Possible farm closures following milk processors’ price cuts in the UK.

The amount most British farmers receive for their milk has fallen below their cost of production, deepening concerns about the viability of small dairy farms. Arla and Muller, the two largest U.K. milk processors, have cut their producer price for five consecutive months, with Arla holding the price at 35 pence (44.42 cents) per liter in June and July.

Will imports of Swiss cheese exceed exports this year?

Switzerland may have to import more cheese this year than it exports, according to the country’s Dairy Association. That would be a rapid turnaround, as exports of Swiss cheese were up 7.9% as recently as last year. Historically, the country has protected its milk producers with subsidies and import controls, but in recent years it has gradually opened its dairy markets to foreign competition. This is putting pressure on Swiss producers, according to the Association.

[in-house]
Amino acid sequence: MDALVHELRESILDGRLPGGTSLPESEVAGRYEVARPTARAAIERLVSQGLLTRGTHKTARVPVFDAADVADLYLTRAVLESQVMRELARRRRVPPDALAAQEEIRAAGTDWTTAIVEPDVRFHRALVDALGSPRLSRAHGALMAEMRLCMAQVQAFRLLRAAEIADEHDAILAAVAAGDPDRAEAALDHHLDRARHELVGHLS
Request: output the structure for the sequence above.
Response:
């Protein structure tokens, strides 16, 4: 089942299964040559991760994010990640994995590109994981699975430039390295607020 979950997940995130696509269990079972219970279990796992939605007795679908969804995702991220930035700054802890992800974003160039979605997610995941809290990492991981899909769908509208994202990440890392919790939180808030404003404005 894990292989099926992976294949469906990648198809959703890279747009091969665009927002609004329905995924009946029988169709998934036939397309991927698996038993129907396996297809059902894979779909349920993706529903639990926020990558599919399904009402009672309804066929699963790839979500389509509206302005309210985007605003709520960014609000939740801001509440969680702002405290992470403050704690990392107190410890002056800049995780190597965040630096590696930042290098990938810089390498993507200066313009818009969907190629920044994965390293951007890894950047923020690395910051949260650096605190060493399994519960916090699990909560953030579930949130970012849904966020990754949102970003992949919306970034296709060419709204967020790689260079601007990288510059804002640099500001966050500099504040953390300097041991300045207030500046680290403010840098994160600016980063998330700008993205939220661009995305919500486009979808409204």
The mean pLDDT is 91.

The Americas

Truckloads of fresh milk from farms are being dumped in Wisconsin sewers.

This is a crisis because dairy farming is Wisconsin’s largest single agricultural project. One of the organizations confirms that truckloads of milk from dairy farms have recently been sent through the sewage system after being treated at a waste disposal company. Milk disposal is used as a ’last resort’ when there’s nowhere else for the product to go. Nearly 90% of Wisconsin’s milk is processed into cheese. There are those who believe that disposing of milk down the drain is a sign that the dairy industry is out of balance.

California may lose its leading position in the U.S. Dairy market.

After a successful dairy year in 2022, U.S. milk production was predicted to slow this year, with lower milk prices and more competition in export markets. U.S. milk production was stable in 2022 at 102.7 million tons. It has increased steadily since 2010. It’s expected to continue to rise, but at a slightly lower rate than in previous years. In early 2023, there is a slowdown in milk production growth and a fall in milk prices, which remains historically high. Feed costs are stable and margins for farmers are deteriorating.

Dairy animals battling the heat at Fresno State (Calif.).